A pilot is hurt but recovering from burns at a Milwaukee hospital following a blimp crash near Erin Hills during the 2017 U.S. Open.
The National Transportation Safety Board said the fireproof pilot suit he was wearing might have saved his life when the airship exploded.
A 911 dispatcher radio captured the moment something went wrong: "We have a blimp down, manned aircraft down."
People could only watch as a blimp that was circling the U.S. Open first started to go down and explode.
"It basically just dropped straight down to the ground. When it was on the ground it exploded about two or three times," said Hunter Guetzke.
Even U.S. Open Golfer Jamie Lovemark saw it happen as he was on the course.
"I was teeing off and I looked up and I saw it on fire. And I felt sick to my stomach. I got the shakes. I felt terrible for people inside," Lovemark said.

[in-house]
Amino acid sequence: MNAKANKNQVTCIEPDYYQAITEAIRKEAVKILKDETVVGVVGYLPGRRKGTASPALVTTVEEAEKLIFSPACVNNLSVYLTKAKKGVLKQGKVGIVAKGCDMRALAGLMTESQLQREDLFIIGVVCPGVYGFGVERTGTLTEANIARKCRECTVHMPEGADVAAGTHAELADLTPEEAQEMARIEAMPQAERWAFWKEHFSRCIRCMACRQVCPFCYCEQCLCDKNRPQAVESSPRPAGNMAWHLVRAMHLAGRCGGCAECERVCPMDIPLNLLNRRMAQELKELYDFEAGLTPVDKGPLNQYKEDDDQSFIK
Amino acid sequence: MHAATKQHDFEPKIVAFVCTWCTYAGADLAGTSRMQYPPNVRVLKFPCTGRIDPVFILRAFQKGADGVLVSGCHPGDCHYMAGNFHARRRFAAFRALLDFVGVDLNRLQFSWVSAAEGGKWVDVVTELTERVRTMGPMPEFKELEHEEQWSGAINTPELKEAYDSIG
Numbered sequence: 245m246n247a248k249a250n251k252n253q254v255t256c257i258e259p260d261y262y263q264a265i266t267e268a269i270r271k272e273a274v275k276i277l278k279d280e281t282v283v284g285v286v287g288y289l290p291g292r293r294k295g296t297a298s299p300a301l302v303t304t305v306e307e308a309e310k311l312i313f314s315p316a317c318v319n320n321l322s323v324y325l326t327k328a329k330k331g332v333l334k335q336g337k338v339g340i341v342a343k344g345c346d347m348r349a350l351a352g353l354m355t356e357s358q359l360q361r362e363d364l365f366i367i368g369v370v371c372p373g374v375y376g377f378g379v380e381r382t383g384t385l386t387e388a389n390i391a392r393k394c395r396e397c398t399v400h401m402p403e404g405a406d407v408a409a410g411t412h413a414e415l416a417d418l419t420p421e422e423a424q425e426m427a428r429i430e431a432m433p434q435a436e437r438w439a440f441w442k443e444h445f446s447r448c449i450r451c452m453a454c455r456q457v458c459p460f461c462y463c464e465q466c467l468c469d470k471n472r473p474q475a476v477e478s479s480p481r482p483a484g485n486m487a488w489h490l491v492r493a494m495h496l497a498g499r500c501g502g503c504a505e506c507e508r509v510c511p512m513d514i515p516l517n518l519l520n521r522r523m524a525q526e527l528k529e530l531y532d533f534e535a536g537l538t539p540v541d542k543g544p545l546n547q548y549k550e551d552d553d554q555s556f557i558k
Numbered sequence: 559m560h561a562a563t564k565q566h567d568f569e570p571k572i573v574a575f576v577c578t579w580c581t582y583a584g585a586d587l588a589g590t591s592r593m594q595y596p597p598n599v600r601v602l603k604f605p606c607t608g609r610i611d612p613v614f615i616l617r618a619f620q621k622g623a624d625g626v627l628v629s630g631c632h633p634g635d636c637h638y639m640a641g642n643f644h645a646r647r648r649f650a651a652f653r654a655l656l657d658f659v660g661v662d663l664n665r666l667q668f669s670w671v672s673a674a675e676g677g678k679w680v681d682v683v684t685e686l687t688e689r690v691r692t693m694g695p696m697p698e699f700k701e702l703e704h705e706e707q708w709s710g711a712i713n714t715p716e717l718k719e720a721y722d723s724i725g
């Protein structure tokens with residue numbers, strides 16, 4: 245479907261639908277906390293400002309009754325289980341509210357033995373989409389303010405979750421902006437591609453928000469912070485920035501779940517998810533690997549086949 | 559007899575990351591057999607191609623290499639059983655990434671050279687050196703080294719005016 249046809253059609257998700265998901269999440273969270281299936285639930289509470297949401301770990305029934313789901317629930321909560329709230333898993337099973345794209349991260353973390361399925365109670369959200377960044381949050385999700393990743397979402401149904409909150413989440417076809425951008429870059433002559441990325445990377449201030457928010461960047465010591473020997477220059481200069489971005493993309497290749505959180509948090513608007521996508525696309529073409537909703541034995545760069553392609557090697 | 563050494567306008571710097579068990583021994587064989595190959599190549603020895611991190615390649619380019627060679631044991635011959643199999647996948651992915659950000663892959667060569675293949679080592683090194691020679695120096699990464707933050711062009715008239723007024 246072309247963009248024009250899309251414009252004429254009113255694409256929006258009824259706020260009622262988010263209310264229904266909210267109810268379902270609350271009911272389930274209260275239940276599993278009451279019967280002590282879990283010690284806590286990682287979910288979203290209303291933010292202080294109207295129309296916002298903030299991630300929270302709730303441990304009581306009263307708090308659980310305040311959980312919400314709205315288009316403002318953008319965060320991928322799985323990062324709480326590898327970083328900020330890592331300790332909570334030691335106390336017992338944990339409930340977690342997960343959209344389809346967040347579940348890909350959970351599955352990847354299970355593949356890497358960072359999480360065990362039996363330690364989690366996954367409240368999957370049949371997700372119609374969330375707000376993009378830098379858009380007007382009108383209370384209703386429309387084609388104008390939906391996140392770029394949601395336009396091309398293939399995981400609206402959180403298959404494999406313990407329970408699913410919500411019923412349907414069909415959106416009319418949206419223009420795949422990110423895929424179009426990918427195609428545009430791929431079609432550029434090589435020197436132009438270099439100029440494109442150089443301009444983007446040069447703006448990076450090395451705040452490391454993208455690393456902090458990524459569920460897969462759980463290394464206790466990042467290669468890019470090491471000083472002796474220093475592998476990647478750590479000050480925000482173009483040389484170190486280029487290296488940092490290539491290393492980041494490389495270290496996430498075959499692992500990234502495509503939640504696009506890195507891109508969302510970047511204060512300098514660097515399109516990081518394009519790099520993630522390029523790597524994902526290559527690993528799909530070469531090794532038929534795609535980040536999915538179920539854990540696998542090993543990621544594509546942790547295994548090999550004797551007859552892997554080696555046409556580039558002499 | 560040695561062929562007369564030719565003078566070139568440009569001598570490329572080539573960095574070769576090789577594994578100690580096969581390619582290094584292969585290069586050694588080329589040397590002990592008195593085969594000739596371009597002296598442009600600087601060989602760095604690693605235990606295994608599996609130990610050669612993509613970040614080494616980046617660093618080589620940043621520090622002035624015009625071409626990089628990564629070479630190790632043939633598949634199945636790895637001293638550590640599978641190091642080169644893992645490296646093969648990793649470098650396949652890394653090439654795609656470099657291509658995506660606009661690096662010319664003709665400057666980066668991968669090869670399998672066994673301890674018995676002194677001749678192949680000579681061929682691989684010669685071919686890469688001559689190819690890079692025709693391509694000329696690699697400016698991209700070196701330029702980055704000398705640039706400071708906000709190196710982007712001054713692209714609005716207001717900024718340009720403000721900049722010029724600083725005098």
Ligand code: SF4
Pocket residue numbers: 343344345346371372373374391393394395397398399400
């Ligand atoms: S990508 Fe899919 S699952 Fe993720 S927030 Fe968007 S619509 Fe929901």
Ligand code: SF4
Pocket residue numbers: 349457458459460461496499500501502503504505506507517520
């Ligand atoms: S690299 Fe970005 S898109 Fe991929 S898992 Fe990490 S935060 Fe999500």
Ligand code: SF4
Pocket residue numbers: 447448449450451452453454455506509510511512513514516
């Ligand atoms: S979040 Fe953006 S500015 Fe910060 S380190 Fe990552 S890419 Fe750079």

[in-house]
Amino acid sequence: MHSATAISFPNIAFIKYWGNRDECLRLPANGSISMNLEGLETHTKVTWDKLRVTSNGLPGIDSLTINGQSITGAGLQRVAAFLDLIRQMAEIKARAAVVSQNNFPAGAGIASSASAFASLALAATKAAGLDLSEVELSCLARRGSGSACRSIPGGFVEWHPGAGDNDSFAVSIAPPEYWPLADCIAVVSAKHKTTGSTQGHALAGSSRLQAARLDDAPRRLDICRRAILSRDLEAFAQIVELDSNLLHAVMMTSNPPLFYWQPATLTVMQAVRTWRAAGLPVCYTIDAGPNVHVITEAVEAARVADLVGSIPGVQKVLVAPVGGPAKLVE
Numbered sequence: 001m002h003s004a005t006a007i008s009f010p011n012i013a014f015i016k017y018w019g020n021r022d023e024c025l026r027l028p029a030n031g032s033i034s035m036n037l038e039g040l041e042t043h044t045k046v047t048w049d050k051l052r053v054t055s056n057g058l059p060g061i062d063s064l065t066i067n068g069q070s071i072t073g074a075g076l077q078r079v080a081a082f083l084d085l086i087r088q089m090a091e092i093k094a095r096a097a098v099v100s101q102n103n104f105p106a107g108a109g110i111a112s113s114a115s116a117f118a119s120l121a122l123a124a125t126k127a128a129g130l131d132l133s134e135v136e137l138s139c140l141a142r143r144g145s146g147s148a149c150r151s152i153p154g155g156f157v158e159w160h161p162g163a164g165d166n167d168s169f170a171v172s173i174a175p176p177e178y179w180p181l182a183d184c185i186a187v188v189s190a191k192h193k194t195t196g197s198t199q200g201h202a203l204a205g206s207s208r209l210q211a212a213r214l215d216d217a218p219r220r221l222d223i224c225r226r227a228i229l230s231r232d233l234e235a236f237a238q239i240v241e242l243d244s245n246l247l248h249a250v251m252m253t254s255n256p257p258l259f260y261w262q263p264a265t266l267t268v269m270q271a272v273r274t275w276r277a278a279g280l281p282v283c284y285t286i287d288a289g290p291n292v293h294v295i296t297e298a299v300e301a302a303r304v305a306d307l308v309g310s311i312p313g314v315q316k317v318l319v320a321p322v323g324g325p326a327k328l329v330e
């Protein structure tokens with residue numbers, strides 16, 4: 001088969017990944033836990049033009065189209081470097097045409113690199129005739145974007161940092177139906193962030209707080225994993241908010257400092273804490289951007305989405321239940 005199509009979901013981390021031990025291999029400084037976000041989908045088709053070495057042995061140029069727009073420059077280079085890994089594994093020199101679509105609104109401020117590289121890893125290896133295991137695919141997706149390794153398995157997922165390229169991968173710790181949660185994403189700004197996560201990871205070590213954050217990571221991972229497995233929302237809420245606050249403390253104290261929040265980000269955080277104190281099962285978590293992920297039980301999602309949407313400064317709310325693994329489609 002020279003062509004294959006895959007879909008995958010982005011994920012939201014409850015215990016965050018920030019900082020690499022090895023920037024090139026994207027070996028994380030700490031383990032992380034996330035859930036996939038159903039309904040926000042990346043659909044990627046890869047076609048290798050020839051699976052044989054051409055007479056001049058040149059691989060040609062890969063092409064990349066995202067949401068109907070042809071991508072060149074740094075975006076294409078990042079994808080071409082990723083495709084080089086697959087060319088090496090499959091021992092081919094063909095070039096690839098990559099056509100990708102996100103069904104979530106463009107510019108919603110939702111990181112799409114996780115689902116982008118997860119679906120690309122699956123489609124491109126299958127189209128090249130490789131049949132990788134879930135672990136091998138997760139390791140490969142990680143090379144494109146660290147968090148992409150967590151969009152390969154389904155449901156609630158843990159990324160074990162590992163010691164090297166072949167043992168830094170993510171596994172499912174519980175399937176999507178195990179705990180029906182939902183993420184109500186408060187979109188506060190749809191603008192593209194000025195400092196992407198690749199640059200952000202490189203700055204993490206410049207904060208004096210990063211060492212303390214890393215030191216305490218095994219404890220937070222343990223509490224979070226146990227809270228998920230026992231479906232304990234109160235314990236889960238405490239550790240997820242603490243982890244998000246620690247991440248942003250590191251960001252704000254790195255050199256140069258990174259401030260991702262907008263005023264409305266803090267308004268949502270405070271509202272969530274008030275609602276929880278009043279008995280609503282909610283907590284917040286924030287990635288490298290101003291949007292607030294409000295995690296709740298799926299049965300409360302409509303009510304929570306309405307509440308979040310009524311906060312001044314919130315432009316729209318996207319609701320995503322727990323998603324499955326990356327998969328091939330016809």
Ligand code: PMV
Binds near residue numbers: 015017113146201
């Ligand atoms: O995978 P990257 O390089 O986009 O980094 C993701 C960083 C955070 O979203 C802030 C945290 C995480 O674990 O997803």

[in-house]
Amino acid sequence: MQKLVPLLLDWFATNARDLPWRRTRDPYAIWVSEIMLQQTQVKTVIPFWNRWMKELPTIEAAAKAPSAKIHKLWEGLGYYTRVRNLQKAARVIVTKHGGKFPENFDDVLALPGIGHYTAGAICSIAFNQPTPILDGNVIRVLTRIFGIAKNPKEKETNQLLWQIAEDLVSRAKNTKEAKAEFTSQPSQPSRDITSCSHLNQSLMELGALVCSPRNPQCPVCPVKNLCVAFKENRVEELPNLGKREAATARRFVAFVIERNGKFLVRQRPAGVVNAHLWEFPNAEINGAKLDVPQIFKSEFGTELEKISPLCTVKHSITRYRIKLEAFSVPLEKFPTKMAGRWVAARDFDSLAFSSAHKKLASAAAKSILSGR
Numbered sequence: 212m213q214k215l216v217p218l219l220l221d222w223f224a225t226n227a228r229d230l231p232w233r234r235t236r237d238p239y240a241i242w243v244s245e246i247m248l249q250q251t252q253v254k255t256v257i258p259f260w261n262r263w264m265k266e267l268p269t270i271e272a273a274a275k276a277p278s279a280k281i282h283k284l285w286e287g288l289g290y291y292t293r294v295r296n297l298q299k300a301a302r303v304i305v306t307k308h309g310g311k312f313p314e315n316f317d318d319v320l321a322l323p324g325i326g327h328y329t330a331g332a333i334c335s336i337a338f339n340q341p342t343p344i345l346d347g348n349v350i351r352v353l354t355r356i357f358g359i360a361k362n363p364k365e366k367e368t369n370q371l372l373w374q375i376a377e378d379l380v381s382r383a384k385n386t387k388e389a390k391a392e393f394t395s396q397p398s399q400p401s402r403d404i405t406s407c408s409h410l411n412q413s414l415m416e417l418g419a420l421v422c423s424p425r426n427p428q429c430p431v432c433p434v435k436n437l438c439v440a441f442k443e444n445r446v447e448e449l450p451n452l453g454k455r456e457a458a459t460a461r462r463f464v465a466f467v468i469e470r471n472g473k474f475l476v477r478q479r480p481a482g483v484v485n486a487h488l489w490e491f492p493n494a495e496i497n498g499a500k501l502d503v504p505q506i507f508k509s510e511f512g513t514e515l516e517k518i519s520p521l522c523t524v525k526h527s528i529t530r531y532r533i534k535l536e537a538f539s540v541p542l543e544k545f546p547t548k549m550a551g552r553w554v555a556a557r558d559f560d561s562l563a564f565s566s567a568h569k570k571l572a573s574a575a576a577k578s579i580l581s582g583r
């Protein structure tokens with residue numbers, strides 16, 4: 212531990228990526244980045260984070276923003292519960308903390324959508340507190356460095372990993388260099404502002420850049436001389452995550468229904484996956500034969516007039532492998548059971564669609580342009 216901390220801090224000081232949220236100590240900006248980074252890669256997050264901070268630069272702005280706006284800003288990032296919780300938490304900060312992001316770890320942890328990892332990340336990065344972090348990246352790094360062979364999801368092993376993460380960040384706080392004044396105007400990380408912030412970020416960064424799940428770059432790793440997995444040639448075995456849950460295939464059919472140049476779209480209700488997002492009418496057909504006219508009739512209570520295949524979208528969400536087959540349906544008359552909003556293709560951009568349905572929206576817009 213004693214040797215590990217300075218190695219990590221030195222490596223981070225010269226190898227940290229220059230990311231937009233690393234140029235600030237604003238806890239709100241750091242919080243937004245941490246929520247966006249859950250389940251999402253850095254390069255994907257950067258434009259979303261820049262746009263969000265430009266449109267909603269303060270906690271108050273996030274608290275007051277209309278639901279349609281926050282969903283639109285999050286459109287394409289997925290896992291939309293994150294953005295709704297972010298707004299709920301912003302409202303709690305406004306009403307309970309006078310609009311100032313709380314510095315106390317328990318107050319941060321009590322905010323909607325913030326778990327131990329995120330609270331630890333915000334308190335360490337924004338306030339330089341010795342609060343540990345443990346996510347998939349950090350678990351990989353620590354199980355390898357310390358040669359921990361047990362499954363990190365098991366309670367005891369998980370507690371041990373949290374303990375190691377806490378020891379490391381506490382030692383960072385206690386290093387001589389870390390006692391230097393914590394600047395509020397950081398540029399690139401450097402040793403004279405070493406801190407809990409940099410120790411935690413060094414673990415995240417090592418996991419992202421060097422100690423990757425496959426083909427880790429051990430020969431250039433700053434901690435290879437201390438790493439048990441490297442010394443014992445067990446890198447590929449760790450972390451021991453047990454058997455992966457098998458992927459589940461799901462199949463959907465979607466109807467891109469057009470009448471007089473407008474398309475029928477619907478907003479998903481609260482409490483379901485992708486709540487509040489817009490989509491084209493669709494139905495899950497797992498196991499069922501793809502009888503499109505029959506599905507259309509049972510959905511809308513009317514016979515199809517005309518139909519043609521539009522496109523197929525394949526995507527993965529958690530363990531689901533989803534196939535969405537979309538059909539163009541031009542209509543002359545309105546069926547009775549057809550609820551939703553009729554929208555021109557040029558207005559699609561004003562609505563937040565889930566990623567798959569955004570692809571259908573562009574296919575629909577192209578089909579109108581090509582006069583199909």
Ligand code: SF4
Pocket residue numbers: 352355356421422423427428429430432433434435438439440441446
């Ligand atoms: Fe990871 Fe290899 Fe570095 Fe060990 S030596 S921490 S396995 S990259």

Even before the crash people nearby noticed something wasn't right.
"It was starting to fishtail a little bit and then I notice it starting to deflate," said witness Bryan Rosine.
The NTSB says this was the second flight of the day for the pilot when he realized there was a problem. He turned around to go back to land and turned off the fuel.
"A couple seconds later he said he heard another rip sound. The airship pitched nose down," said Pamela Sullivan, senior air safety investigator for the NTSB.
That's when the blimp caught fire and went down. The pilot was stuck in the cage but when he crashed the NTSB says he was able to drag himself away from the blimp before it exploded.
"I hope the guy is alright. You can't believe what you'd just seen. It's kind of surreal to be part of this whole weekend," said Rosine.
The NTSB says he was wearing a fire-resistant suit and gloves, which likely helped save him from more serious injures.